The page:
Younger brother of GDPR, meet ePrivacy

Younger brother of GDPR, meet ePrivacy
4 Február 2019

Younger brother of GDPR, meet ePrivacy

Regulation on Privacy and Electronic Communications, also known as the ePrivacy regulation, is not nearly as known as the GDPR. But they are not completely foreign to each other.

GDPR's close relationship with ePolicy

Both European regulations belong to the same regulatory package. The main reason for their occurrence is to increase the protection of the personal data of individuals, as they are becoming more and more commercialized, which brings with it additional security risks. Even the aforementioned regulations were to enter into force at the same time, namely on 25 May 2018. However, this did not happen. Unlike the already approved and used GDPR, the final version of ePrivacy is still unknown. The ePrivacy Regulation is currently in the trialogue, part of the legislative process where representatives of the Commission, Parliament and Council are unofficially negotiating.

Secrecy of post online

The ePrivacy Regulation is a special regulation that serves as a complement to the already known GDPR. Although the general regulation of ePrivacy can also be found in the GDPR, the ePrivacy Regulation itself specifies some treatment of personal data. For this reason, the ePrivacy Regulation will take precedence over GDPR in this area of ​​electronic communications. It is important to keep in mind both regulations when adapting to the new legislation. This means that if your business is within the scope of ePrivacy, the GDPR will also apply to you. While GDPR speaks primarily of protecting individuals, ePrivacy should address the confidentiality of electronic communications by natural and legal persons. The main goal of ePrivacy is to create an online letter secret.

Both regulations include directly applicable rules. However, these cannot be adapted by European states to any interests. ePrivacy seeks to legally address the rapidly evolving online communication technologies and to adapt the national laws of the EU to this. Many of them do not regulate normal activities at all, even when they use personal data to a large extent.

Who is affected by ePolicy?

The current ePrivacy Directive is inadequate because it only refers to traditional telecommunications operators. Although SMS services or phone calls must meet certain security standards, the same services provided over the Internet are not regulated at all. For this reason, the ePrivacy Regulation will extend the range of obliged entities.

These will include providers of Internet calling services (VoIP), operators of applications transmitting audiovisual content via the Internet (OTT services - over-the-top services), such as WhatsApp, Viber, Skype, but also Facebook Messenger and Internet TV ( Netflix). In addition, ePolicy will also affect cafes with Wi-fi. It will reach providers of public and semi-private Wi-Fi networks or companies producing devices communicating over the so-called Internet of Things.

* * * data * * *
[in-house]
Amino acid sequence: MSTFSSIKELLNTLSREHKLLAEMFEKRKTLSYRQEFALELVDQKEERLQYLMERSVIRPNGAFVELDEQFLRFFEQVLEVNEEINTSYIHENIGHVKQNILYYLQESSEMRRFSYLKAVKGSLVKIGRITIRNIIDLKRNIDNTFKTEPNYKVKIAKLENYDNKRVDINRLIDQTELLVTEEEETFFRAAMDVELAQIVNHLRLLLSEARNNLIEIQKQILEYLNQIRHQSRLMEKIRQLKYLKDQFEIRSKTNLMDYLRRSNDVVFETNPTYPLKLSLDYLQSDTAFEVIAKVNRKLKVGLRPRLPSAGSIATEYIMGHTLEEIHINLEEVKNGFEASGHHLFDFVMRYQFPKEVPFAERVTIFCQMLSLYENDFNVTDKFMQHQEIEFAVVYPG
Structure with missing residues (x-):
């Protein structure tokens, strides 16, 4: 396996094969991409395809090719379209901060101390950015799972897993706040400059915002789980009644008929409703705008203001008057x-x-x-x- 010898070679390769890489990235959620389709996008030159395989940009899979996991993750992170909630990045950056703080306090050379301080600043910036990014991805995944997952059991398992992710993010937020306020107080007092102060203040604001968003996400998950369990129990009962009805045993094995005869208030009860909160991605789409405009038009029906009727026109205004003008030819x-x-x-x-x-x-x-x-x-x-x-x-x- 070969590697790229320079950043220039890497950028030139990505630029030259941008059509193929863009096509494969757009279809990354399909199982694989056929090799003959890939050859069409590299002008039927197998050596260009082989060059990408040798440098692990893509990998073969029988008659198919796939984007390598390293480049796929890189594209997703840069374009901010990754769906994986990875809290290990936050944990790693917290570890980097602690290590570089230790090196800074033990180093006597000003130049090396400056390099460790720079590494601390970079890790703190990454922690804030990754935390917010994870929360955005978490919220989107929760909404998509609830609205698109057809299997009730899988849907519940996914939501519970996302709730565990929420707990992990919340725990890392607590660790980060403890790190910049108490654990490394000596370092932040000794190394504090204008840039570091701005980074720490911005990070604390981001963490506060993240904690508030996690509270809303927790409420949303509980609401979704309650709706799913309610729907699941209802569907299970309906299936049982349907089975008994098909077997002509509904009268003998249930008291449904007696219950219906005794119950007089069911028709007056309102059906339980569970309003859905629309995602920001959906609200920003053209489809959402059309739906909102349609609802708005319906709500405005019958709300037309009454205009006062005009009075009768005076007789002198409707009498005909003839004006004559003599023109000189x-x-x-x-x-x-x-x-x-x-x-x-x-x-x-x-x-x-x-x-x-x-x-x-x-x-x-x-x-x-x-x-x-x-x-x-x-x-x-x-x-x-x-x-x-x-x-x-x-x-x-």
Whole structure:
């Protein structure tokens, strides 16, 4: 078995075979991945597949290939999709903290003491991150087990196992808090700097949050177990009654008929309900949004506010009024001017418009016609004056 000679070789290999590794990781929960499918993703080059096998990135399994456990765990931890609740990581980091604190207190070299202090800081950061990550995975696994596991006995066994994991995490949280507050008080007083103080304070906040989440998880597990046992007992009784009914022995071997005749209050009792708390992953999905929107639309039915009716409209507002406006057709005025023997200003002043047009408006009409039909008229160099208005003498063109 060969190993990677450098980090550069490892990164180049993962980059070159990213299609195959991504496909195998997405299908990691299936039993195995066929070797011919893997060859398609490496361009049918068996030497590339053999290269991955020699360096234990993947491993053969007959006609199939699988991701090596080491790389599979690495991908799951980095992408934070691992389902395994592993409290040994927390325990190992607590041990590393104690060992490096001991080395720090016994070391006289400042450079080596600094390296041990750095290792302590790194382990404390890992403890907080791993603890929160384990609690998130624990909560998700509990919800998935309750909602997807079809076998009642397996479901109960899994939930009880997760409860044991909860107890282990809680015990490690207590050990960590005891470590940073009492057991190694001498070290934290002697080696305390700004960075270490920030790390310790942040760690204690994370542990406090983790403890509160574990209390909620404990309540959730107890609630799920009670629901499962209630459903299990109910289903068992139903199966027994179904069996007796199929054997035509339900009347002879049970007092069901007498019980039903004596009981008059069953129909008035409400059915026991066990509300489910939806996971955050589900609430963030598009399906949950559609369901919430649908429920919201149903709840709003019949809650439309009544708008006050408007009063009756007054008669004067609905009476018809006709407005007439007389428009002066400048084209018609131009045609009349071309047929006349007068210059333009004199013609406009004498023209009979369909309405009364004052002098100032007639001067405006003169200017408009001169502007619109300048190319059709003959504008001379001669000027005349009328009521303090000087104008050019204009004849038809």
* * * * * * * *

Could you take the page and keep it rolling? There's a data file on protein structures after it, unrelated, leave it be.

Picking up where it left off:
End of cookies and restricted spam

Almost every newly visited website wants you to consent to the storage of cookies. In some cases, you may not even be able to use the page until you confirm this by clicking. Thus, the ePrivacy Regulation will come with the option of a comprehensive search engine setting that will be binding on all pages visited.

We can expect tightening also in the conditions for unsolicited commercial announcements, which often end up as spam. You will now need to obtain the user's consent to receive such offers. However, you will be able to withdraw it at any time.

The information will be confidential

In addition to protecting the message content itself, the new ePrivacy Regulation will also address metadata, ie data derived from the communication itself. These include dialed numbers, browsing history, location, time and date of communication, call time, and more. All this data may be commercially misused and will therefore be treated as confidential. It should even be forbidden to interfere in any way with their communication (by human intervention or by means of computer algorithms, etc.) without the consent of all communicating parties. Without the consent, it will not be possible to monitor the content of electronic communications and metadata about them, such as the websites visited, the length of the visit and their subsequent interaction with other entities.

The GDPR and ePrivacy regulations place the greatest emphasis on giving consent to processing, which they regard as an essential tool and a safeguard for the protection of individuals and their privacy. It is therefore important to pay attention to when, in what form and for what activities you will need to obtain such end-user consent.

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